I used to be in the Vegetarian Cycling and Athletic Club and in its early days its cyclists were often criticised when entering events because it was felt their diet gave them an unfair advantage.
It is easy to replace high satiety protein with too many processed carbs as PP2 was finding. You shouldn't eliminate them but choose wholegrain or less processed ones and ones that release sugar slowly such as oats. Some of Scott Durek's ingredients are expensive and hard to source but things like avocado and nut butters are easy enough to get hold of.
PP2 - good luck with your ideas. I'm sure you'll find the benefits. It's a matter of taking more care daily and almost meal by meal about the balance of nutrients you're taking in. Add protein whenever you can. For vegans something to be very careful about is getting enough omega 3 fatty acids and vitamin B12. Long chain omega 3s are completely absent in a plant based diet although slightly inferior short chain ones can be found in oils such as hemp or flaxseed. B12 is also not present, although it might be in some seaweeds, but who wants to eat seaweed? Brewer's yeast contains a lot of it so if you don't like it at the moment, you're going to have to get to like Marmite!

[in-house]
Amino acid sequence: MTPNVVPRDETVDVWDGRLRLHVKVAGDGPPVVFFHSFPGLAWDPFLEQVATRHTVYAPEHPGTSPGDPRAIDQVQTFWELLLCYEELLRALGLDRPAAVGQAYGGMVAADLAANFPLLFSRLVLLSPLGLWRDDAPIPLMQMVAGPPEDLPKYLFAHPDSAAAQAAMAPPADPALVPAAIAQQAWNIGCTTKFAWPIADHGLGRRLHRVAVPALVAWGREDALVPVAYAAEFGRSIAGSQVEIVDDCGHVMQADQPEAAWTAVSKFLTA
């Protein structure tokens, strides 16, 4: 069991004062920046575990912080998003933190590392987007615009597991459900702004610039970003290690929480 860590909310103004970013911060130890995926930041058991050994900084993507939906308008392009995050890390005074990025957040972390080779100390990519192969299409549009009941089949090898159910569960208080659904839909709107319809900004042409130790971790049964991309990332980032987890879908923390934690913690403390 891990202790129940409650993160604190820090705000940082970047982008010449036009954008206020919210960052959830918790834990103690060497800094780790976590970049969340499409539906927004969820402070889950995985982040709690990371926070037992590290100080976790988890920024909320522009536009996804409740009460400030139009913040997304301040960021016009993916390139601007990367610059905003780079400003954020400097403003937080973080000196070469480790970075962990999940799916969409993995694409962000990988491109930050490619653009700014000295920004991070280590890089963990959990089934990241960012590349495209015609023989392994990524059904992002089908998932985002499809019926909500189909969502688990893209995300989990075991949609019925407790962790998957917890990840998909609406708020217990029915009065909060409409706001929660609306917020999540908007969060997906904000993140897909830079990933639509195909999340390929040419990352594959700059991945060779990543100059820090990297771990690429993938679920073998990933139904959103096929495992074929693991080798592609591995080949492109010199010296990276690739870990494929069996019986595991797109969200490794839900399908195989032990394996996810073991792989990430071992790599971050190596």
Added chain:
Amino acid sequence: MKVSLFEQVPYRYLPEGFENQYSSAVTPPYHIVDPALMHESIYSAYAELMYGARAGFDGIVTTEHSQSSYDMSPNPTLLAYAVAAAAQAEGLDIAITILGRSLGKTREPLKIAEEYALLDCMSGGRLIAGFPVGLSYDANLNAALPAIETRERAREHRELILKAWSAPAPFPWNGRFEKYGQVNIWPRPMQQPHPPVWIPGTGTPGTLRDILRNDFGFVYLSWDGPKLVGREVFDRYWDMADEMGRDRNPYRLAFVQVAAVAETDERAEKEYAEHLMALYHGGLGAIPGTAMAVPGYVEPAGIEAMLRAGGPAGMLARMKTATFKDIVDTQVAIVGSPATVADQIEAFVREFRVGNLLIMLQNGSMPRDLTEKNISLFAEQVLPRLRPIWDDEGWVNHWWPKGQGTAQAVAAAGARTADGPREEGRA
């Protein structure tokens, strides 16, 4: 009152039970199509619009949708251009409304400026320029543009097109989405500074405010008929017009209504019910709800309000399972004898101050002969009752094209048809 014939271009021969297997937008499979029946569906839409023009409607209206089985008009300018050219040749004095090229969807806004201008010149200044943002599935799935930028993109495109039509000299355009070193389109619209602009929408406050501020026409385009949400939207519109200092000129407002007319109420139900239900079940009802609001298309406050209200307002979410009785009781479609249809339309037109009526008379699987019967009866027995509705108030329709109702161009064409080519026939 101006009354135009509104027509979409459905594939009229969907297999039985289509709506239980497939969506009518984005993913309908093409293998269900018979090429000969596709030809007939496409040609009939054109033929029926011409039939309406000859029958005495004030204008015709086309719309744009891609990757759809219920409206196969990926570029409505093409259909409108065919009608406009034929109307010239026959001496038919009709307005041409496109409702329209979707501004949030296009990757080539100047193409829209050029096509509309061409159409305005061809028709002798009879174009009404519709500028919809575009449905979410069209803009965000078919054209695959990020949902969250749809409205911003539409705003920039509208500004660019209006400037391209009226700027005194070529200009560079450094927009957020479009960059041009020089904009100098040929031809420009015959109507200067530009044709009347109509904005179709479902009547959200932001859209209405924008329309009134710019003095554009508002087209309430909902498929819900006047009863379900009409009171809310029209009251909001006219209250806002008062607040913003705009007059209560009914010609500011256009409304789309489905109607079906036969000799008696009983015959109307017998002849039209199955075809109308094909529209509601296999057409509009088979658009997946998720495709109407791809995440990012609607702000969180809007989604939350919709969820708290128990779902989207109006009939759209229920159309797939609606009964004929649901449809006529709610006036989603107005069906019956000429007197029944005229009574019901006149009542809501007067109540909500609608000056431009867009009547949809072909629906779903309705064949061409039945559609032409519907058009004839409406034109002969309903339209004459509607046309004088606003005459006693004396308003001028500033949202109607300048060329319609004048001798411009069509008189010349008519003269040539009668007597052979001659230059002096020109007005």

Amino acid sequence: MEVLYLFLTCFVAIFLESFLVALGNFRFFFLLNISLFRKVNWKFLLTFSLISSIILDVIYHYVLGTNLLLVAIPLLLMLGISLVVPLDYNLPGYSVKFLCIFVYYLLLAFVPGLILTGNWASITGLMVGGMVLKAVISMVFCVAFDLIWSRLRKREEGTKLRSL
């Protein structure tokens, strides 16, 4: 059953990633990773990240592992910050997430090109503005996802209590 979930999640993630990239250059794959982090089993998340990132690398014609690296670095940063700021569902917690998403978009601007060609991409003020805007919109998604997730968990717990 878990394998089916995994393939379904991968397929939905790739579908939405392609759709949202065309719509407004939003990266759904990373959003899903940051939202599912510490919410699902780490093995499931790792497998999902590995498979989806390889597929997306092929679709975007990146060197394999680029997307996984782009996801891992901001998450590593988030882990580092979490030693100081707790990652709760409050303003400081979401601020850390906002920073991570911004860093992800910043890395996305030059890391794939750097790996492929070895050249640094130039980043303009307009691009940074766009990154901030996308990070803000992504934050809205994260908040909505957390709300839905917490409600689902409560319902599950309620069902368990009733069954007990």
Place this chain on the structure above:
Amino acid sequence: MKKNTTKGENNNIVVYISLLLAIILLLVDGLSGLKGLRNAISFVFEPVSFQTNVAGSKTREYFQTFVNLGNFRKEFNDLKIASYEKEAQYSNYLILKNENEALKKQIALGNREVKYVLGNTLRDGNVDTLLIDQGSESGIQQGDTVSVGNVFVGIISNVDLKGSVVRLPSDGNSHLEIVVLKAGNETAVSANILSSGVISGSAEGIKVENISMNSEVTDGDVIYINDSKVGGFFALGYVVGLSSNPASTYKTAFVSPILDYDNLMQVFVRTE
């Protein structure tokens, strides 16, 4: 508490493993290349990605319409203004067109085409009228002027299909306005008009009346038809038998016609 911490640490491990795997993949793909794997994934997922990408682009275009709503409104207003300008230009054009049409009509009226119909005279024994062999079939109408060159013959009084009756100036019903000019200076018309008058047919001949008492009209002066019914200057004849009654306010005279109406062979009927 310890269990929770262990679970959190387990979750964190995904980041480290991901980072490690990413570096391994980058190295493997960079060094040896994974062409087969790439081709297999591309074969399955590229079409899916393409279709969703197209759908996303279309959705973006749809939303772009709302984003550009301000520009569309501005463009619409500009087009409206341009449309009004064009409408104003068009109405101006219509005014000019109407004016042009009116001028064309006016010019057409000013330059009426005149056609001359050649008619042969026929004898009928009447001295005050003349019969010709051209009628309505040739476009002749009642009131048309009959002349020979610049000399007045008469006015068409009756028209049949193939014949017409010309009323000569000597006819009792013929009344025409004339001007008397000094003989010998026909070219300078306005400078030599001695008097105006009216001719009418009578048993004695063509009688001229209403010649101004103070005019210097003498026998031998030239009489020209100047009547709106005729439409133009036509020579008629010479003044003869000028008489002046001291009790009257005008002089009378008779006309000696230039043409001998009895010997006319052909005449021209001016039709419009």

Such a shame when someone posts a genuine query who then gets pounced on by people who don't really know what they're talking about or think it amusing to be insulting.
This seems to be happening a lot lately, often by the same group of folks.
Assuming this thread is still just about hanging on to life, I can report I'm a vegetarian and for the last 16 years mostly vegan. I have found it very beneficial to give up bovine milk protein but still eat hard cheese the making of which seems to break down casein to a large extent, and goat's milk products.
It's also hard to avoid compromising the diet when eating out. When presented with a menu that only has the dreaded vegetarian lasagne on it, it's then a tad difficult to ask if they do a non-dairy vegetarian lasagne ...
Scott Jurek's case is very interesting. His performances showed huge improvement when he started a vegan diet, or as he calls it 'plant based'. The meals provided during the recent Dragon's Back ultra were all vegetarian because the RD considered this food the most suitable for extreme endurance events. the rations on Ranulph Fiennes and Mike Stroud's unsupported crossing of Antarctica were vegetarian for the same reason.